The German government on Thursday decided to make forcing children to marry against their will a crime punishable by five years in prison, but even this decision is unlikely to help an 18-year-old girl, who asked Deutsche Welle to identify her only as "Sibel."
Sibel is on the run from her family, living in constant fear for her life. She has been forced to sever all ties with her former life, and she knows that her parents are searching for her.
"I have left my home, and in our culture this means I have lost my honor," Sibel told Deutsche Welle, after she'd arranged a meeting on neutral ground for fear of betraying her address. "I could be killed. The people who helped me are also at risk. That's just the way it is in our world: a family can restore its honor by killing the runaway daughter."
Sibel was just 13 years old when her parents introduced her to the first young man they wanted her to marry. Unlike many young people in this situation she repeatedly refused.
At the age of 17 her father believed she was almost too old to find a husband. He made it abundantly clear that he expected her to wed a cousin from Turkey, someone she had never met.
"He beat me up, in front of everybody. It was to show that he was in charge of my life," Sibel said. "Then, he took me to another room and continued beating me. That was the first time I ran away."
Afraid to fight back
Despite her black eye and broken arm, Sibel went neither to a doctor, nor to the police. In fact, she eventually returned home, hoping that the situation would improve.
It didn't. Sibel's father secretly traveled to Turkey, where he started planning her wedding. When Sibel found out, she left home again, and has not returned since. Still unwilling to go to the police, she asked for help from the German government's office for youth welfare.
Despite the assistance she has received, Sibel says her family is seeking her relentlessly, which means she's had to sacrifice contact not only her with family, but with her friends as well.
"[My family] are hunting my friends, they're almost tormenting them. But they have no idea where I am either."
Sibel's parents want her to come home, but she says that's now out of the question. Even under existing law, her father can still be sentenced to prison on charges of coercion.
She fears this course of action would be liable to do more harm than good.
"I could imagine my father taking a gun, holding it to my head and pulling the trigger. Or maybe he'd get someone else to do it. I have elder brothers, and they'd do it if my father asked them to."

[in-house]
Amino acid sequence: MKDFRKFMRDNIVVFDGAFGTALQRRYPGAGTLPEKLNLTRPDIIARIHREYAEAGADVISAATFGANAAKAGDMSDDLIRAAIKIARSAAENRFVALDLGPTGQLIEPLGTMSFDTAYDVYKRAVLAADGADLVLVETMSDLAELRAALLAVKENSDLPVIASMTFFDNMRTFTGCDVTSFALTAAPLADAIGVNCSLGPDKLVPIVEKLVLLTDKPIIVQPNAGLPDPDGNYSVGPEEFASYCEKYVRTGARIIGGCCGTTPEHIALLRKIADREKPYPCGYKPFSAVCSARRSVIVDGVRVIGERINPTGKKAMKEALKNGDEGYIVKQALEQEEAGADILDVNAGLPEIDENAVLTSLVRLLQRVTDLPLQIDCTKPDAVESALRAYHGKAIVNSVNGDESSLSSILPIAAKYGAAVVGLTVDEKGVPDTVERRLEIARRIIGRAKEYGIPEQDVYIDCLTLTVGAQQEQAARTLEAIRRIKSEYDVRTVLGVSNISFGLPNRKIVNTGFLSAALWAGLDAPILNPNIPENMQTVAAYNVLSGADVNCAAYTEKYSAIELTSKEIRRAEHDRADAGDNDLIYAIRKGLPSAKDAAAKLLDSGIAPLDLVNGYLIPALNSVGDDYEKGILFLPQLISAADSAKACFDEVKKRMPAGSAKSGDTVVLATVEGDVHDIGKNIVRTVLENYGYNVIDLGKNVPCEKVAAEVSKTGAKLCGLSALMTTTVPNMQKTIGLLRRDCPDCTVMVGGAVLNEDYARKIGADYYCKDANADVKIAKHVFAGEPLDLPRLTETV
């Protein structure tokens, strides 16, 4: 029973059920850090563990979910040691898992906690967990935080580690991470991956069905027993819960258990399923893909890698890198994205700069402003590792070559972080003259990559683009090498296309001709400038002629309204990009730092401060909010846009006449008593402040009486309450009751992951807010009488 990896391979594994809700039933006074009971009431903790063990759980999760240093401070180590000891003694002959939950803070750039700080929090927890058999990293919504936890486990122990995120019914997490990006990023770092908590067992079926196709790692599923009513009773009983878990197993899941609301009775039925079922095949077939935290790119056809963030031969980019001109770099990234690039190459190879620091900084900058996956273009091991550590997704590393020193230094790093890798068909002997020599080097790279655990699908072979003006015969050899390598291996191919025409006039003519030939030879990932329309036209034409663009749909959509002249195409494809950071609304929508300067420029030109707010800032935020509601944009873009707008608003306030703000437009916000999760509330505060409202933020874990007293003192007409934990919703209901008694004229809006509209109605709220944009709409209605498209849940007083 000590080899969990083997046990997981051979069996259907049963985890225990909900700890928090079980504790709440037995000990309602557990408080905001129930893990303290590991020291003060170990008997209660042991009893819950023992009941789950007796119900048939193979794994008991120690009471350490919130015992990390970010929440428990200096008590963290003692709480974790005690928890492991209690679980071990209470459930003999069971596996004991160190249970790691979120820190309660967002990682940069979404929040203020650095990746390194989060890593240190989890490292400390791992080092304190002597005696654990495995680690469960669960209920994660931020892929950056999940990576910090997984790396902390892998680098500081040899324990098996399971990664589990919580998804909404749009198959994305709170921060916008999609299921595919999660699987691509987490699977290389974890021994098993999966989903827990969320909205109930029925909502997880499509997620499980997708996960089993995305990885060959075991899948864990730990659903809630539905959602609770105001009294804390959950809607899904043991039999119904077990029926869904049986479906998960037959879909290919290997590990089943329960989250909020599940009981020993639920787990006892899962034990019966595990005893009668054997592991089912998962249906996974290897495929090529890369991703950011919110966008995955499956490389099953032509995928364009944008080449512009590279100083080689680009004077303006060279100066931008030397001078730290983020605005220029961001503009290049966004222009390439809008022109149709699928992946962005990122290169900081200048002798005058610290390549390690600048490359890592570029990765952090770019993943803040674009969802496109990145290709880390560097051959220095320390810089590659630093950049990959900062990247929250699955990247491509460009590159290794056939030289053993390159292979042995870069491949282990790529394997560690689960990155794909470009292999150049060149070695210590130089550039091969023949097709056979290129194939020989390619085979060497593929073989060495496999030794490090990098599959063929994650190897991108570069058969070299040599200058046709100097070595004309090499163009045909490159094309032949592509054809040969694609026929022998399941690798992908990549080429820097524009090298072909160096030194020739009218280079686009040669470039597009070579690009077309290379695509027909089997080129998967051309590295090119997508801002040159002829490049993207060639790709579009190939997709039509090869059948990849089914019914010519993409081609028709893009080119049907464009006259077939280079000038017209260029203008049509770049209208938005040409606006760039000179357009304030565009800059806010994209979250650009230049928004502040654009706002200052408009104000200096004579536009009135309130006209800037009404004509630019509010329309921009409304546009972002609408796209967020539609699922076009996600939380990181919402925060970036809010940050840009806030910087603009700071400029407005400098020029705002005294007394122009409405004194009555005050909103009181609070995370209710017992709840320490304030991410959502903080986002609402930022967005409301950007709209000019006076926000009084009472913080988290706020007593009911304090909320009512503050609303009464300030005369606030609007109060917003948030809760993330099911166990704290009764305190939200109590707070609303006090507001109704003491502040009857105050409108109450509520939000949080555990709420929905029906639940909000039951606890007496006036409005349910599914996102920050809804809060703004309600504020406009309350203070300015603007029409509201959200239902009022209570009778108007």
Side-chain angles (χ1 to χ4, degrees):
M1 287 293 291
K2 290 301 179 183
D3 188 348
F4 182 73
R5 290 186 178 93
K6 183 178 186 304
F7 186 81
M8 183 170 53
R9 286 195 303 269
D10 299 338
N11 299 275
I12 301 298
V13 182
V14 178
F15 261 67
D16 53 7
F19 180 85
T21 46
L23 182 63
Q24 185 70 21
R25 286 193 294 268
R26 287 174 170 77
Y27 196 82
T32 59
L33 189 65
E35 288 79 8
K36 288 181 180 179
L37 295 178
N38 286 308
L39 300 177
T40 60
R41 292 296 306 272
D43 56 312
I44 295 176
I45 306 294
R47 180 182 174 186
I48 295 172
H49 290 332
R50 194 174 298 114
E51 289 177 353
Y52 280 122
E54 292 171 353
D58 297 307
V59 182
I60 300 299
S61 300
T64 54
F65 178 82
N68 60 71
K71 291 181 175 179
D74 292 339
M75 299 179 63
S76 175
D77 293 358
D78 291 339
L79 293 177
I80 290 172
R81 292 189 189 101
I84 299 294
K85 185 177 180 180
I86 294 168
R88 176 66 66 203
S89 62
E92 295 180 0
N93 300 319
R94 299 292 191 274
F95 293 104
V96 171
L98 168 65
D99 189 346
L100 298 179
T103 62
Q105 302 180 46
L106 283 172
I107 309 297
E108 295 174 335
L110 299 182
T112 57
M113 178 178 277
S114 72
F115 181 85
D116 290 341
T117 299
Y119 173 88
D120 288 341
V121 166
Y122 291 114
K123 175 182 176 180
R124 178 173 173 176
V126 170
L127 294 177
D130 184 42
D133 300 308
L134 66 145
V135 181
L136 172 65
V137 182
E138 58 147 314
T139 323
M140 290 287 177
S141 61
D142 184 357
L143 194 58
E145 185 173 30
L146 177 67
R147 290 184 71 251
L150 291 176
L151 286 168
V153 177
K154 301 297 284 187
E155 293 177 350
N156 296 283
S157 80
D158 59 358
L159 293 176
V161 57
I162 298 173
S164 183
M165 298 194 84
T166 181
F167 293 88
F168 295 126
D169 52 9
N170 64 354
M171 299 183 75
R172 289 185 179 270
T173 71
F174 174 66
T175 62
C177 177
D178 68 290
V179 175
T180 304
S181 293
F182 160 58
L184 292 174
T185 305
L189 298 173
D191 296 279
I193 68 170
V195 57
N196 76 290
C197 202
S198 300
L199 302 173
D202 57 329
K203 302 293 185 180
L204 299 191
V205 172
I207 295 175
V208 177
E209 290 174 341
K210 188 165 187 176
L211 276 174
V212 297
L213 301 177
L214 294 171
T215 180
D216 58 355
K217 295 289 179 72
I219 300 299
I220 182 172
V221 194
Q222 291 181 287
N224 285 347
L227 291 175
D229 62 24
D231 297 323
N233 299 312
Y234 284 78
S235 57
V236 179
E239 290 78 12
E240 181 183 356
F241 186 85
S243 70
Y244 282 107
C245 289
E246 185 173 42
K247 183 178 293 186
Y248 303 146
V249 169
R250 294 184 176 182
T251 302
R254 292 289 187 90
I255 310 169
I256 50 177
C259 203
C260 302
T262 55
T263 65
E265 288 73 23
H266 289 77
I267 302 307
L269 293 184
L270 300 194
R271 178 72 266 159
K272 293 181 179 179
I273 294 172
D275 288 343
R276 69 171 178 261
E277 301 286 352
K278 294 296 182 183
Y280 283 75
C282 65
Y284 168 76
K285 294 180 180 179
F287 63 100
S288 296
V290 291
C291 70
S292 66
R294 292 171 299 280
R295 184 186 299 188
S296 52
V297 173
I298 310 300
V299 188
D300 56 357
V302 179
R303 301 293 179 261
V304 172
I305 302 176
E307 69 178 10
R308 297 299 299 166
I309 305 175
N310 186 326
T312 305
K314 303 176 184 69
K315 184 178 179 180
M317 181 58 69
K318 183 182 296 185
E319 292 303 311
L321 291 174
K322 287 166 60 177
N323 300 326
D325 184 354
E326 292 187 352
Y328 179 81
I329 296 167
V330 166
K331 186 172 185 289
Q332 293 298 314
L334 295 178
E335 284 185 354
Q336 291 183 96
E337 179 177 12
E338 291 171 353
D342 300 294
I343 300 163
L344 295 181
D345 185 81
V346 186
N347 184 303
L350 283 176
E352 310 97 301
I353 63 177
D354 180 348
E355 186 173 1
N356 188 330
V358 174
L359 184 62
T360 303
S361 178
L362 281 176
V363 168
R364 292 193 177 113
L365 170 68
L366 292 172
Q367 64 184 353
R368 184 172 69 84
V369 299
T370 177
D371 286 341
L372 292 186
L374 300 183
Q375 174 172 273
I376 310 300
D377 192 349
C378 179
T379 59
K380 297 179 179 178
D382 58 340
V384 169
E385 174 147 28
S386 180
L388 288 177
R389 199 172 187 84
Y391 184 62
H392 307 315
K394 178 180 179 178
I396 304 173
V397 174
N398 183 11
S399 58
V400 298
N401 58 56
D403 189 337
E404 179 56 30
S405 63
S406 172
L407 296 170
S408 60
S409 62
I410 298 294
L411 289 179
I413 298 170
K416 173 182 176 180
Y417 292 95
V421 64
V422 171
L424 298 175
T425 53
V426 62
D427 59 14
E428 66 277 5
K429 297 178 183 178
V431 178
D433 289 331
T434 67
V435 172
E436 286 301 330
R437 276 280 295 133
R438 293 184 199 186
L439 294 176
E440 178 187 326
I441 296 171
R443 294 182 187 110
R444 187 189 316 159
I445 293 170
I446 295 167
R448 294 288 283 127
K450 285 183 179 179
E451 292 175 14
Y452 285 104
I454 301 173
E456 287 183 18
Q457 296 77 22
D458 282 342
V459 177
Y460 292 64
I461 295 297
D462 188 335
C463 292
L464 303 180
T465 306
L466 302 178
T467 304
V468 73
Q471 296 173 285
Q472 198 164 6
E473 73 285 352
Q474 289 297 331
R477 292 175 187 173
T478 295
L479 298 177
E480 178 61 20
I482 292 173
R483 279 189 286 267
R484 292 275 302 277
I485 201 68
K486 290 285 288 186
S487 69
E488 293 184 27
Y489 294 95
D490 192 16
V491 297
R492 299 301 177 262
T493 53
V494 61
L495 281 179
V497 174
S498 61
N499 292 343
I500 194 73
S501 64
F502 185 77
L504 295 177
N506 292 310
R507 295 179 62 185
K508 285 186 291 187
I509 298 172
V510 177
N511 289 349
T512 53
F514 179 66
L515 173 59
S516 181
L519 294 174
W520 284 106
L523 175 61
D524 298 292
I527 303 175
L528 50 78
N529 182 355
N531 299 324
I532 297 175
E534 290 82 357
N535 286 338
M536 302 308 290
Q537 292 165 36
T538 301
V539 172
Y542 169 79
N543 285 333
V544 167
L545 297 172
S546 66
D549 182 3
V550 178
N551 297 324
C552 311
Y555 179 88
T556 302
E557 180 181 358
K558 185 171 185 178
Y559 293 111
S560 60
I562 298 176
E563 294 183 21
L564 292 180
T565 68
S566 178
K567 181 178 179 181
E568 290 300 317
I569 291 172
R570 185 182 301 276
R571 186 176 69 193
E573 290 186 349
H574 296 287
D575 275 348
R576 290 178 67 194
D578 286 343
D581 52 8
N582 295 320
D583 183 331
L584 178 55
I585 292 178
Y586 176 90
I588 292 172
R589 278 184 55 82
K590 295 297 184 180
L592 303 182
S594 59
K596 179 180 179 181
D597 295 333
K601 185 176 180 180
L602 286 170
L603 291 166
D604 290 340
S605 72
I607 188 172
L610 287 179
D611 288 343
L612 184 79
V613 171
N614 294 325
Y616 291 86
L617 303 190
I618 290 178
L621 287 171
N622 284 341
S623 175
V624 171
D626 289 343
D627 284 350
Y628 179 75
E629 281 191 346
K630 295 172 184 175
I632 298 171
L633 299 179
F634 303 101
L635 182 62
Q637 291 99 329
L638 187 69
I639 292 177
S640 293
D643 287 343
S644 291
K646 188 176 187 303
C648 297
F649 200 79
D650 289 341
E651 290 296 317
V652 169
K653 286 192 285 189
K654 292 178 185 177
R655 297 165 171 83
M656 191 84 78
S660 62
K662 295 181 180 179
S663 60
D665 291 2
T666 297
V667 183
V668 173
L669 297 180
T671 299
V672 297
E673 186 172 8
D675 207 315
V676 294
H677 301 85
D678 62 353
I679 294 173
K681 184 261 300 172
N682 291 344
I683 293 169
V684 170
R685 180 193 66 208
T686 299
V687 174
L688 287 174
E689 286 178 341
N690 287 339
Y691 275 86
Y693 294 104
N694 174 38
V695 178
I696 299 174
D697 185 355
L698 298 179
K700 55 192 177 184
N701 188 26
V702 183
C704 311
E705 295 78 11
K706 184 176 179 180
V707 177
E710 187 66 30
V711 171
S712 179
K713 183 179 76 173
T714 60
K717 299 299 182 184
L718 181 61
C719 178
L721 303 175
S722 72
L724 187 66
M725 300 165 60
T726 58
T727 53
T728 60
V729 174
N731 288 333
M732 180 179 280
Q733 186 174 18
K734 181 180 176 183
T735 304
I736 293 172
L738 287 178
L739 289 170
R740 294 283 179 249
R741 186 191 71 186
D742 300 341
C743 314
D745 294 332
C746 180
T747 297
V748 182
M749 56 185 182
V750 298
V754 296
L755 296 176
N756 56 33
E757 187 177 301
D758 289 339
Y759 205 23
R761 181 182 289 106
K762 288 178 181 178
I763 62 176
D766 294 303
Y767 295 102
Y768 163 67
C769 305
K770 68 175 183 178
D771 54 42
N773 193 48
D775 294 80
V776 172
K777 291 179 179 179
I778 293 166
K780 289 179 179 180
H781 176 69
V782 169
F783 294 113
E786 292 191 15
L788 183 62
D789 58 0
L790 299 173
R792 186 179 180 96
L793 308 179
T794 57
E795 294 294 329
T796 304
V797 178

'No real choice'
Sibel was accompanied by her social worker, who also did not want her name used. She's worried for Sibel, and says that this young woman is by no means unique. Sometimes, she says, she has to deal with children as young as 13 facing a forced marriage.
"At that age, they're too young to be legally married, even in their home countries," the social worker said. "But the family then just carry out what you might call an 'imam-wedding,' which is not officially registered with the state. But the family considers this religious ceremony the most important ceremony. An imam-wedding is very real to them."
According to a 2007 survey by the women's rights group Terre des Femmes, 378 girls and women were forced to marry in Berlin, and young Turks living in the German capital today say the tradition is alive and well.
Yasemin, 18, told Deutsche Welle that several of her female friends had been forced to marry against their will.
"They don't like it very much, but in the end they say to themselves: 'I have to. Otherwise, something might happen to me, or to my loved ones.' They haven't really got a choice," Yasemin said.
The issue by no means exclusively affects young women. 15-year-old Özcan said his parents were set to start searching for his bride very soon, though he also said he might refuse if they chose somebody he didn't like.
As a young woman, Sibel's decision to say "no" has cost her everything - her family, her friends, her job, life as she knew it. The new life that she is trying to build from scratch is not just lonely and challenging, but pervaded by constant fear and a very real danger.
Having spoken with us, Sibel walked tentatively off into the street, looking all around her in case someone was watching.
Author: Lisa Steger, Berlin / msh
Editor: Michael Lawton